4 south metro districts putting levies on ballot

  • Article by: ERIN ADLER , Star Tribune
  • Updated: October 26, 2013 - 4:45 PM

Rosemount-Apple Valley-Eagan, Lakeville and Inver Grove Heights are seeking levy increases. Hastings will ask for a levy renewal.

In what has turned out to be an average year for school levy requests, three south metro districts will be asking for levy increases on Nov. 5.

Two of them, Rosemount-Apple Valley-Eagan and Lakeville, will put operating levies on the ballot, while one, Inver Grove Heights, is proposing a bond issue.

A fourth district, Hastings, is seeking an operating levy renewal.

Rosemount-Apple Valley-Eagan will ask voters to increase their current operating levy by $10 million, replacing their $20 million levy with a $30 million measure, generating an extra $375 per pupil for 10 years.

In Lakeville, voters will decide whether to approve a new 10-year levy request for $5.6 million, amounting to an additional $540 per pupil.

In Inver Grove Heights, the district is seeking approval of a $24.75 million bond issue to make facilities improvements, payable over 19 years.

Hastings is the only south metro district asking voters to renew an operating levy. The $4.2 million levy, passed in 2005, would extend 10 more years and wouldn’t increase voters’ taxes.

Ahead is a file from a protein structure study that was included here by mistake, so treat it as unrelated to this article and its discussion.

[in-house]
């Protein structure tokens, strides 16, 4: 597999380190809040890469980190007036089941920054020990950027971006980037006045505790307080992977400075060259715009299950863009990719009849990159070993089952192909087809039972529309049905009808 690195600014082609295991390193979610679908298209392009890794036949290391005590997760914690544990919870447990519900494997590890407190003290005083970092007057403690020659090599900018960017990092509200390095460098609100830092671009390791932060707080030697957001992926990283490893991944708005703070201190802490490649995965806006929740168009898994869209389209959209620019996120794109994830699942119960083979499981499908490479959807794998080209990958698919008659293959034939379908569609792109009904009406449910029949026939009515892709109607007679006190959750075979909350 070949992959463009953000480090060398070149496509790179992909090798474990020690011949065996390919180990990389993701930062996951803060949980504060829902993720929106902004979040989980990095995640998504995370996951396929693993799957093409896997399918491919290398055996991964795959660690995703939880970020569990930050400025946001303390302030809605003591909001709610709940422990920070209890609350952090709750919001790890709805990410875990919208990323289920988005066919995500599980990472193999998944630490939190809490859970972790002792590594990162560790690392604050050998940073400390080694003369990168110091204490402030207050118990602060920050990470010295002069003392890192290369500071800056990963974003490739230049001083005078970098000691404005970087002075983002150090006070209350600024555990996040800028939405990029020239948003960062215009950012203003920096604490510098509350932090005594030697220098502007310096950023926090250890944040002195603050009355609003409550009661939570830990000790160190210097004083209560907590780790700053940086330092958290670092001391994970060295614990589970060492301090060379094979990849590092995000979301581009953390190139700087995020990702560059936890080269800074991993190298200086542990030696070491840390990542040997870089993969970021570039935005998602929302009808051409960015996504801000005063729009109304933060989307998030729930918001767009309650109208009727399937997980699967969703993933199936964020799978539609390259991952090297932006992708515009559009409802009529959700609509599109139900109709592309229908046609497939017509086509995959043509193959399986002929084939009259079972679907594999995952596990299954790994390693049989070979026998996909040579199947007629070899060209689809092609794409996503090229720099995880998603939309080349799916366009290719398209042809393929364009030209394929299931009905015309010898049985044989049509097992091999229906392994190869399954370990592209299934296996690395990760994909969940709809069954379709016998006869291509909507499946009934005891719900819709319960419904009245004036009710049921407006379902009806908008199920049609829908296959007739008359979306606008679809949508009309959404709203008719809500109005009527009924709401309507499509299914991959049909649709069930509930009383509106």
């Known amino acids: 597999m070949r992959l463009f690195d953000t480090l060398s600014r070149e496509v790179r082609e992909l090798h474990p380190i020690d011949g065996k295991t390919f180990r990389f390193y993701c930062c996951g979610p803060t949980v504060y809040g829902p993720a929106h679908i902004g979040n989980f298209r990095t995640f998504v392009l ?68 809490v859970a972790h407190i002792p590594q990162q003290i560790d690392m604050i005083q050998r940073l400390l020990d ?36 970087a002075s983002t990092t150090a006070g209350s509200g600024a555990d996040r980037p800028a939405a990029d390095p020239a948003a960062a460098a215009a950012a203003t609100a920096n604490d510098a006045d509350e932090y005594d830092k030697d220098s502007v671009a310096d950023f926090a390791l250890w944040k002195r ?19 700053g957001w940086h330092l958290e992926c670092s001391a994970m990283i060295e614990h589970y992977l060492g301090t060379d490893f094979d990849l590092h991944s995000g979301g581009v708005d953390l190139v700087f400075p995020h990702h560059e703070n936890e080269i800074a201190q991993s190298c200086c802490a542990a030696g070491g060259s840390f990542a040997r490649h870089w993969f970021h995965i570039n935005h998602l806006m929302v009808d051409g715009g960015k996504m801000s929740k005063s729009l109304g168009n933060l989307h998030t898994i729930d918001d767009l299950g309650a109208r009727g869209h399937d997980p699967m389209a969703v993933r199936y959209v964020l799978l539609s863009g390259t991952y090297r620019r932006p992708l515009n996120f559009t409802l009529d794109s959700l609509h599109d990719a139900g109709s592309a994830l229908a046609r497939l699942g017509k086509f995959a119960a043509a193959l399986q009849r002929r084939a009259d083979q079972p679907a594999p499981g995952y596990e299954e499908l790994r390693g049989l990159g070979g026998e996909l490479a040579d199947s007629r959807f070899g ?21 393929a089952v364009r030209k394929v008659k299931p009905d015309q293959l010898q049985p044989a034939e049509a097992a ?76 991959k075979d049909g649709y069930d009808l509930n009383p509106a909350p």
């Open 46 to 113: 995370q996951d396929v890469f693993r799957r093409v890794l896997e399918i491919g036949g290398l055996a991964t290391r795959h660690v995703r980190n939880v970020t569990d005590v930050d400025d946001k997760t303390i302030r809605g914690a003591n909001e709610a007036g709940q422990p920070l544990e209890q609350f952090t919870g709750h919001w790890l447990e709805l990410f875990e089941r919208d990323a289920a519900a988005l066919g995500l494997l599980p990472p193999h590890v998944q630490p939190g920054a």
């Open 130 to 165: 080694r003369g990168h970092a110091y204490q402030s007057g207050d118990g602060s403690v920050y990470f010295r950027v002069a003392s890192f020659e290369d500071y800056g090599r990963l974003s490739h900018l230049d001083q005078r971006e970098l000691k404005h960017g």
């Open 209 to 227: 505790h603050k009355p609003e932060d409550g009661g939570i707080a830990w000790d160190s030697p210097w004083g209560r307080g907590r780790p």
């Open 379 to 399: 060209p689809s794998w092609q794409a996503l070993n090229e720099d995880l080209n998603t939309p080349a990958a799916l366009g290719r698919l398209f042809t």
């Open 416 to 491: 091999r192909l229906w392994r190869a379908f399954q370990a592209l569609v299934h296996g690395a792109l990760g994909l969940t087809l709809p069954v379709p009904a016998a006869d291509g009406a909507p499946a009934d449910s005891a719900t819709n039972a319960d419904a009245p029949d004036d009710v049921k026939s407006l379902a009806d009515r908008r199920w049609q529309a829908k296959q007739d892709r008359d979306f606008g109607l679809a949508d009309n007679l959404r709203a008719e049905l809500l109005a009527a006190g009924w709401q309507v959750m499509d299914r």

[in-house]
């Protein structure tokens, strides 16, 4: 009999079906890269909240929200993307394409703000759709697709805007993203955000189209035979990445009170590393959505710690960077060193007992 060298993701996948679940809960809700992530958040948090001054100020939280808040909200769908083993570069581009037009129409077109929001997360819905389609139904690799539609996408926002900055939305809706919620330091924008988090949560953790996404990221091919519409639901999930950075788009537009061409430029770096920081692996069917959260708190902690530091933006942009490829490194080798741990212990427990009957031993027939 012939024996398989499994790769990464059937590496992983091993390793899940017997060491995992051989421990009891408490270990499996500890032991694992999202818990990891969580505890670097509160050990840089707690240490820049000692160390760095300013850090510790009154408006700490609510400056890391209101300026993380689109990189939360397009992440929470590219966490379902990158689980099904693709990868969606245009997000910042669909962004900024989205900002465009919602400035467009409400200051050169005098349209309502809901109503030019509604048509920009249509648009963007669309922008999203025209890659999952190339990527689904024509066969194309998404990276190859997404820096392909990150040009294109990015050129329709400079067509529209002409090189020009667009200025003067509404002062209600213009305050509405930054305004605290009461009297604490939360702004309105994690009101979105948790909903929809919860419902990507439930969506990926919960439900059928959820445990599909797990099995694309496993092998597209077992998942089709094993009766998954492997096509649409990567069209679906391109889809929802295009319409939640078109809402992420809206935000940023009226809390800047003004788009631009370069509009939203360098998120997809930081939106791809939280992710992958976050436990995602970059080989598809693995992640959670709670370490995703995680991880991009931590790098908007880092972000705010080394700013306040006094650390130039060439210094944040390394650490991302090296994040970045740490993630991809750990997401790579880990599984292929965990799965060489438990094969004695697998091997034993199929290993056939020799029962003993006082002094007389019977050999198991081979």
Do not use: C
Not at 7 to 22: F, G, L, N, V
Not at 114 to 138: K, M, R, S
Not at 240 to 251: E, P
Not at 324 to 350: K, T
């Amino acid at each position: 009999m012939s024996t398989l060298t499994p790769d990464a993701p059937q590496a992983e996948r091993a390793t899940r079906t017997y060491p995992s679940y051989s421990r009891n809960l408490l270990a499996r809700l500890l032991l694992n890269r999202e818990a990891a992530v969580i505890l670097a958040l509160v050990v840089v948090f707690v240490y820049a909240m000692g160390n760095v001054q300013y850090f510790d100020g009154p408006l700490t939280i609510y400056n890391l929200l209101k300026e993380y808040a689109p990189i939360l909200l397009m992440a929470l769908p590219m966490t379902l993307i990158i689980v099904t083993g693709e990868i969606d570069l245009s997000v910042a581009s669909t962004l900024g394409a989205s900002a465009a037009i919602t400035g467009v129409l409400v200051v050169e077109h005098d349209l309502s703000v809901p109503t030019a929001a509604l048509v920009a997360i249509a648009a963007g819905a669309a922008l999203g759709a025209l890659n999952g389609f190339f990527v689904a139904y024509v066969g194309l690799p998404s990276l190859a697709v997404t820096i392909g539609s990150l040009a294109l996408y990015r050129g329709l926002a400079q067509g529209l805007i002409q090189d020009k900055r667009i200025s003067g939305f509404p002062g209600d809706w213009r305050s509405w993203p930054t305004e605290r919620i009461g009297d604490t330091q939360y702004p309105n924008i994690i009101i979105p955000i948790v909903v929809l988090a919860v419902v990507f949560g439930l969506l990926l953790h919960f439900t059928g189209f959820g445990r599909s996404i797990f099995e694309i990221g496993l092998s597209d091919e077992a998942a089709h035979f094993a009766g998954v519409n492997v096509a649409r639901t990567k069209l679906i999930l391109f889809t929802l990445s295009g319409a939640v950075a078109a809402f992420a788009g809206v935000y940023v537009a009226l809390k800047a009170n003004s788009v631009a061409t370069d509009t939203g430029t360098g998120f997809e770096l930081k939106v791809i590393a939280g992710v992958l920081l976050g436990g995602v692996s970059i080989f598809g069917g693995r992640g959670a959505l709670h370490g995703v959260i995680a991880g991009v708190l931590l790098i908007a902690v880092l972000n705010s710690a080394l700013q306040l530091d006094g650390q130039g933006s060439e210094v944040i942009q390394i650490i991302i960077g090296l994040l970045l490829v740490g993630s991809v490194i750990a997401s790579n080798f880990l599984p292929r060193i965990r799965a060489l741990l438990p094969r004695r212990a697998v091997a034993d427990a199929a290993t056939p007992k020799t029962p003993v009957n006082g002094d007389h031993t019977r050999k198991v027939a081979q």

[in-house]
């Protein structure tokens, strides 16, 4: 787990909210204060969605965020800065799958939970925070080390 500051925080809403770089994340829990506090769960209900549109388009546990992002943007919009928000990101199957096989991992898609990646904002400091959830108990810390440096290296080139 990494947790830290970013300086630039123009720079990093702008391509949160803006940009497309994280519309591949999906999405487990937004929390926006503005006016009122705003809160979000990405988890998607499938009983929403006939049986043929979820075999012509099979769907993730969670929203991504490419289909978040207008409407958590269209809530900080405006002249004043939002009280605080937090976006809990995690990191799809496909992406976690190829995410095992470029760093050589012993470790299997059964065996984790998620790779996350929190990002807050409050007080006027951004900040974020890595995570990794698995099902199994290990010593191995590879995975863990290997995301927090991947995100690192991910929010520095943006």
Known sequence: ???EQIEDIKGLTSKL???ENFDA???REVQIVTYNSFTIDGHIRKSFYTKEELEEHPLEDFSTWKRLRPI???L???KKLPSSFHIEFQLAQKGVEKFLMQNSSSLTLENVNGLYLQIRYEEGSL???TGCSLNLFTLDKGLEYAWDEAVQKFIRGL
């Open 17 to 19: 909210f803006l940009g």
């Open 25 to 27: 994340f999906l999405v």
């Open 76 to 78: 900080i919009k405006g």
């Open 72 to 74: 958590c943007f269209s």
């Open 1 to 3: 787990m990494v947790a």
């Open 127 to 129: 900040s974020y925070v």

The four districts making tax requests are among 76 in Minnesota asking voters for taxing authority this year, in the form of renewals or increased levy dollars. Of those requests, 57 are operating levies and 26 are either building bond or capital lease issues; seven districts are asking for both, according to Minnesota School Boards Association data.

“It’s going to be a pretty average year,” said Greg Abbott, communications director for the association. In an odd year, “average” means between 55 and 75 districts seeking levy approval, he added.

Rosemount- Apple Valley-Eagan

This summer, District 196 estimated the levy would cost owners of an average $225,000 home an extra $184 per year, said Jeff Solomon, the district’s finance director. But in September, additional equalization aid from the state reduced the amount taxpayers will pay.

If the levy passes, the average homeowner will be paying $56 more next year compared to this year, Solomon said. If it doesn’t pass, his taxes will decrease about $128 on that home.

The money is needed “just to allow us to sustain programming we have in place and continue the initiatives we’ve been striving for,” Solomon said.

If it doesn’t pass, the district will have to cut $6 million in 2014-15 and $20 million in 2015-16, he said. Teachers and support staff will be cut, which will mean class size increases. Certain programs will be eliminated or reduced, such as fifth-grade band and ninth-grade B sports, according to the district’s levy sheet.

The district has already been downsizing. From 2009 to 2012, $34 million was cut from the budget. The reductions resulted in 200 teachers and staff being cut, along with increased activity and transportation fees. During the past decade, the district’s enrollment has declined by about 1,200 students, Solomon said.

In 2010, voters rejected a $16 million levy question.

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